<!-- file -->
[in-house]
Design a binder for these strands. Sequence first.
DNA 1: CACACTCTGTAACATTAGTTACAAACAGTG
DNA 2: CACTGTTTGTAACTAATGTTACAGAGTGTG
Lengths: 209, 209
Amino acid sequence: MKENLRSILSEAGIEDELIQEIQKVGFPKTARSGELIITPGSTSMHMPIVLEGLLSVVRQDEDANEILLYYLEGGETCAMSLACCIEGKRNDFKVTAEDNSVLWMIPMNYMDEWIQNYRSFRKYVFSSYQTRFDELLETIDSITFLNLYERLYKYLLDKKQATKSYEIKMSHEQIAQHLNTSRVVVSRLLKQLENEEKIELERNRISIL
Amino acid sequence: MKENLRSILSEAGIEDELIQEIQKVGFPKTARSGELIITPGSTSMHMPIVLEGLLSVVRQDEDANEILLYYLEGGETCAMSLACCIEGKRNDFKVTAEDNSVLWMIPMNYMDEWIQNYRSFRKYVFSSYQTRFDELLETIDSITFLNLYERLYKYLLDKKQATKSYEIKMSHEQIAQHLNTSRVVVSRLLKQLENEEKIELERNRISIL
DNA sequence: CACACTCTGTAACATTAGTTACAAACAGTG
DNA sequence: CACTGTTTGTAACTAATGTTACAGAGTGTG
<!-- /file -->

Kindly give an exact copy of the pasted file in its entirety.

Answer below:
[in-house]
Design a binder for these strands. Sequence first.
DNA 1: CACACTCTGTAACATTAGTTACAAACAGTG
DNA 2: CACTGTTTGTAACTAATGTTACAGAGTGTG
Lengths: 209, 209
Amino acid sequence: MKENLRSILSEAGIEDELIQEIQKVGFPKTARSGELIITPGSTSMHMPIVLEGLLSVVRQDEDANEILLYYLEGGETCAMSLACCIEGKRNDFKVTAEDNSVLWMIPMNYMDEWIQNYRSFRKYVFSSYQTRFDELLETIDSITFLNLYERLYKYLLDKKQATKSYEIKMSHEQIAQHLNTSRVVVSRLLKQLENEEKIELERNRISIL
Amino acid sequence: MKENLRSILSEAGIEDELIQEIQKVGFPKTARSGELIITPGSTSMHMPIVLEGLLSVVRQDEDANEILLYYLEGGETCAMSLACCIEGKRNDFKVTAEDNSVLWMIPMNYMDEWIQNYRSFRKYVFSSYQTRFDELLETIDSITFLNLYERLYKYLLDKKQATKSYEIKMSHEQIAQHLNTSRVVVSRLLKQLENEEKIELERNRISIL
DNA sequence: CACACTCTGTAACATTAGTTACAAACAGTG
DNA sequence: CACTGTTTGTAACTAATGTTACAGAGTGTG